Exports decreased by 2% in March
Merrion Economics said figures were ‘better than expected’
Exports of medical and pharmaceutical products fell by 11%, or €299 million, to €2.3 billion
Exports in March decreased by 2 per cent as pharmaceutical products fell sharply, according to new figures from the Central Statistics Office (CSO).
Preliminary figures for March show that seasonally adjusted goods exports decreased by 2 per cent, or €181 million, to €8.57 billion compared with February.
Seasonally adjusted goods imports decreased by 12 per cent, or €619 million, to €4.46 billion.
This led to a 12 per cent increase, or €439 million, in the seasonally adjusted trade surplus to €4.1 billion in March.
The unadjusted value of goods exports for March 2016 was €9.36 billion, representing a decrease of 1 per cent, or €75 million, when compared with March 2015.
Exports of medical and pharmaceutical products fell by 11 per cent, or €299 million, to €2.3 billion.
Exports of electrical machinery, apparatus and appliances increased by 126 per cent, or €320 million, to €574 million.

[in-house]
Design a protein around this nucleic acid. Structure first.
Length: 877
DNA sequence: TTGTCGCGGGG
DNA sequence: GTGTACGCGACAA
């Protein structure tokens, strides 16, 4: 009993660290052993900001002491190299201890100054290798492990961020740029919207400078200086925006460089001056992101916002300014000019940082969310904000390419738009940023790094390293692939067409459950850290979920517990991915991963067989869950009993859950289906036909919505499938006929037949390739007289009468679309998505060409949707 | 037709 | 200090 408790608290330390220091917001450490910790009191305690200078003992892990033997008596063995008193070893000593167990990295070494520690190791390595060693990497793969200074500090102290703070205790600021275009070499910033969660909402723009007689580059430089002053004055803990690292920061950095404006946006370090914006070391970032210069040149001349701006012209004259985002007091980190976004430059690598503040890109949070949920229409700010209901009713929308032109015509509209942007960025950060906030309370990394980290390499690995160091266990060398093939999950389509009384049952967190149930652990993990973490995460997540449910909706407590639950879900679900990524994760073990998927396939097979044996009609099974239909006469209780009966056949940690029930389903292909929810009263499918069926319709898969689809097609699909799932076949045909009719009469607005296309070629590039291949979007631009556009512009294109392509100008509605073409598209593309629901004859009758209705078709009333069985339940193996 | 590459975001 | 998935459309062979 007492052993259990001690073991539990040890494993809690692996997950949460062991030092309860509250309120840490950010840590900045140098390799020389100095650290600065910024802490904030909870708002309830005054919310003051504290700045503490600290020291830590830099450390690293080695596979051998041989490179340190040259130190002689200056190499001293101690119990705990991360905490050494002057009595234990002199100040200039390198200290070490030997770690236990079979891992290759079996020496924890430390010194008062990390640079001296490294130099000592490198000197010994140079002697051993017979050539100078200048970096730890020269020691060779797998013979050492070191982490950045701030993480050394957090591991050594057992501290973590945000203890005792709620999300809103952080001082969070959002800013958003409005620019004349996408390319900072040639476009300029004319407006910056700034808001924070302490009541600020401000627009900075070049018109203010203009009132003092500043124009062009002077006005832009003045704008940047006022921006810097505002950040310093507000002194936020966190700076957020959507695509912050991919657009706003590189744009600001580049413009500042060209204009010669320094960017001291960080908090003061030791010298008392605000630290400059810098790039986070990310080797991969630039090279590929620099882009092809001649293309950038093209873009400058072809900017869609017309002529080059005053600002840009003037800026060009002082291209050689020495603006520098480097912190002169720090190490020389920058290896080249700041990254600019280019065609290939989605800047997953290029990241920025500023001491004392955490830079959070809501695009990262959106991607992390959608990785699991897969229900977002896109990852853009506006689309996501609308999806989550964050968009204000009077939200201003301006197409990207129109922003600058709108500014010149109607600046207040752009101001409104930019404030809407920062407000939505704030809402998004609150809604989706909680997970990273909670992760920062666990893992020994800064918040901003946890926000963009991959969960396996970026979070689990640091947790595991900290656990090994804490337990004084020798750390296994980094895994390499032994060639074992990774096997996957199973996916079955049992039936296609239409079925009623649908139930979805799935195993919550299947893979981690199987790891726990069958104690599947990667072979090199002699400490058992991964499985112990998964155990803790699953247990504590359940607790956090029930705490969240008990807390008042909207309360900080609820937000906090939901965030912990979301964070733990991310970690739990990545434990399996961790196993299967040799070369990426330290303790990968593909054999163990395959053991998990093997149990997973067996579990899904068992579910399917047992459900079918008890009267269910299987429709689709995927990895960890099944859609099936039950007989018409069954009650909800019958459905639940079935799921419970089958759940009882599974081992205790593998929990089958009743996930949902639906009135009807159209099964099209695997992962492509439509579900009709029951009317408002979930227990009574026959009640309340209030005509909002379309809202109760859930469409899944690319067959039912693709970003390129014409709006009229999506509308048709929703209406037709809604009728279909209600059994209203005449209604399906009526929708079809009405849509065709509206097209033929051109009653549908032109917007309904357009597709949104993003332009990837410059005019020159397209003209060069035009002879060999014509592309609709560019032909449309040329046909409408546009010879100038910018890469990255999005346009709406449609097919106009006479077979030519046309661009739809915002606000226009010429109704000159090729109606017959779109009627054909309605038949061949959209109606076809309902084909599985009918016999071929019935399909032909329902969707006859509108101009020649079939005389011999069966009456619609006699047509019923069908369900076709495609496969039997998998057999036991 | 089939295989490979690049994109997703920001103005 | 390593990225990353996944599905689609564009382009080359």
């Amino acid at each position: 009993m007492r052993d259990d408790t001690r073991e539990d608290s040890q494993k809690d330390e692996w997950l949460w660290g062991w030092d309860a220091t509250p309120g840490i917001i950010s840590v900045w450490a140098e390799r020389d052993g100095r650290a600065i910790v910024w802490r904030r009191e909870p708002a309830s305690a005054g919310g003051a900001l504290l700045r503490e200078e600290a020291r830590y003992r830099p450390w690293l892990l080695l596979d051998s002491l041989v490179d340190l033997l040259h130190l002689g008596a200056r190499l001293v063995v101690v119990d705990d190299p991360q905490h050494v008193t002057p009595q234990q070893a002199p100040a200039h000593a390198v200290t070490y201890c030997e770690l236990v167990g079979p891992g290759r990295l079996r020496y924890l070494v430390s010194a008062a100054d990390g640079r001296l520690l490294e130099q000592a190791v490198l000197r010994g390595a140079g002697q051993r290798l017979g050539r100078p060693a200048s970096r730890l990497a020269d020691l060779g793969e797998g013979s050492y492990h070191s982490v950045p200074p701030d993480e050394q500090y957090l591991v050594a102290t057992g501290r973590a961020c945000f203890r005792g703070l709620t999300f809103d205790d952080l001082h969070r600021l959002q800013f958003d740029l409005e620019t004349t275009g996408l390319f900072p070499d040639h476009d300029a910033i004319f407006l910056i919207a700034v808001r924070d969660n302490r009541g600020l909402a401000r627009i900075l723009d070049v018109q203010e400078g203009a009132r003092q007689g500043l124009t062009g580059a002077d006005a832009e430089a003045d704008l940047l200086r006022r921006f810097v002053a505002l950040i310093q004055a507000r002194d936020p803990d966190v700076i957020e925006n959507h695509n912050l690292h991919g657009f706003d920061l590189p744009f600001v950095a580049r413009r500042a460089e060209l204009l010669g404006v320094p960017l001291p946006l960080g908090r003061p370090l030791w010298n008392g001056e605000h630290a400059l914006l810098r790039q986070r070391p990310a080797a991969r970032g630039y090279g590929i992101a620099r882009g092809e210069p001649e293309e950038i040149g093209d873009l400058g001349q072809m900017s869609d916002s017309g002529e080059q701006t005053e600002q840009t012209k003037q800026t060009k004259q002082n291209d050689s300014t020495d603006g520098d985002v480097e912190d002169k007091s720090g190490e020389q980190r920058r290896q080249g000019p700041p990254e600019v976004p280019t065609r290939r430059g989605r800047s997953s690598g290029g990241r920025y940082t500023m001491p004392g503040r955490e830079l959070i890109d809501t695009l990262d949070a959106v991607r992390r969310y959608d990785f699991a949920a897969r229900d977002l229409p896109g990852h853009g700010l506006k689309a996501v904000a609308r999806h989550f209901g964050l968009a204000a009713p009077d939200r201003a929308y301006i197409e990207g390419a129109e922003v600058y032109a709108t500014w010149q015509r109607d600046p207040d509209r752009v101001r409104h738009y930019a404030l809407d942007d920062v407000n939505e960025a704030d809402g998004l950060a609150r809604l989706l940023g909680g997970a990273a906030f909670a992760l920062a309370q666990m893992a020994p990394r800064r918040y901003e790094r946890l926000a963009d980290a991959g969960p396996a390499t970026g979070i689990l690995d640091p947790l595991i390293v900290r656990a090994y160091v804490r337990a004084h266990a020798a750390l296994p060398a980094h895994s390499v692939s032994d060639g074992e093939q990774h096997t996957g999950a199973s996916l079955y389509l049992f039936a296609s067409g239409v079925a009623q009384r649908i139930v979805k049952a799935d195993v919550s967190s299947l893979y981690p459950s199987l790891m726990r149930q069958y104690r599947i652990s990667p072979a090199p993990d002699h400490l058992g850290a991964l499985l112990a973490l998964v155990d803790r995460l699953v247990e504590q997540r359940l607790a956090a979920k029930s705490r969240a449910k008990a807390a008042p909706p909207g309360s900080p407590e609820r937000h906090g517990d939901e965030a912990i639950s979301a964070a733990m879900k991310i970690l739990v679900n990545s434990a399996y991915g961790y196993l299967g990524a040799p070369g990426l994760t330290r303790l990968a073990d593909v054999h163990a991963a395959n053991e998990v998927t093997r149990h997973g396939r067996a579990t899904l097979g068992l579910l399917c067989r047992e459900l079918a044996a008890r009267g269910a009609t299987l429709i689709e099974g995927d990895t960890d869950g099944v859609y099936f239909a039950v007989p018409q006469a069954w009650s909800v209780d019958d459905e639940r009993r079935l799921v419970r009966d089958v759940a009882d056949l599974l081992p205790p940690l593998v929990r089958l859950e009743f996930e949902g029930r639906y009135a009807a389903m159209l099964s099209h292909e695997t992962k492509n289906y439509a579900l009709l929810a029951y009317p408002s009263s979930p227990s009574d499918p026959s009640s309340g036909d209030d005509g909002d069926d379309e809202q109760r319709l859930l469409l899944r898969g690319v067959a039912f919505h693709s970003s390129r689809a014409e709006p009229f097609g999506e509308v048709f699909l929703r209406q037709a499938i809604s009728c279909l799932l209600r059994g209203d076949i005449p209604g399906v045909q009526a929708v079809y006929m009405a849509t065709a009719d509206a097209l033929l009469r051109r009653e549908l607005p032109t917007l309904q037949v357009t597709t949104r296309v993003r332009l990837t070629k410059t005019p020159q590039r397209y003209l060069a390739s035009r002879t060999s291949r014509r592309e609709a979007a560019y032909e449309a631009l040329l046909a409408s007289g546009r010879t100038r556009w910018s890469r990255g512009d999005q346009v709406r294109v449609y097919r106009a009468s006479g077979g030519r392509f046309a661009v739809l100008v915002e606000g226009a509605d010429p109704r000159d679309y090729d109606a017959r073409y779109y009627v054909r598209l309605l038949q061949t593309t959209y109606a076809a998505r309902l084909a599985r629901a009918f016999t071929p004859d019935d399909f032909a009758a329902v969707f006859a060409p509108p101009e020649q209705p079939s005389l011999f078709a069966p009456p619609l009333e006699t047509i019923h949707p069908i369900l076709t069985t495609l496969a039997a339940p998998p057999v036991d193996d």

Exports of office machines and automatic data processing machines decreased by 16 per cent, or €69 million, to €374 million over the same period.
On imports, the figures show the (unadjusted) value of goods for March was €5.15 billion, representing a decrease of 19 per cent, or €1.2 billion, when compared with March 2015.
Imports of organic chemicals decreased by 26 per cent, or €100 million, to €286 million.
Imports of machinery specialised for particular industries dropped by 65 per cent, or €207 million, to €112 million. Imports of road vehicles increased by 11 per cent, or €36 million, to €356 million over the same period.
The EU accounted for almost half of total goods exports in March with €4.6 billion, of which €1 billion went to Belgium and €1.1 billion to Britain. The USA was the main non-EU destination accounting for a quarter of total exports at €2.3 billion.
In a note, analyst Merrion Economics said the figures were “better than expected” but that they were mainly a result of lower imports.
“Business and consumer confidence have been dented in recent months by the uncertainty surrounding Brexit,” it said.
“There was very strong growth in Irish merchandise exports in 2015, and we think 2016 will see another solid performance.
“But imports also recorded a healthy rise last year, and despite an up-and-down start to 2016, we see them posting healthy growth again this year assuming Britain votes next month to stay within the EU.”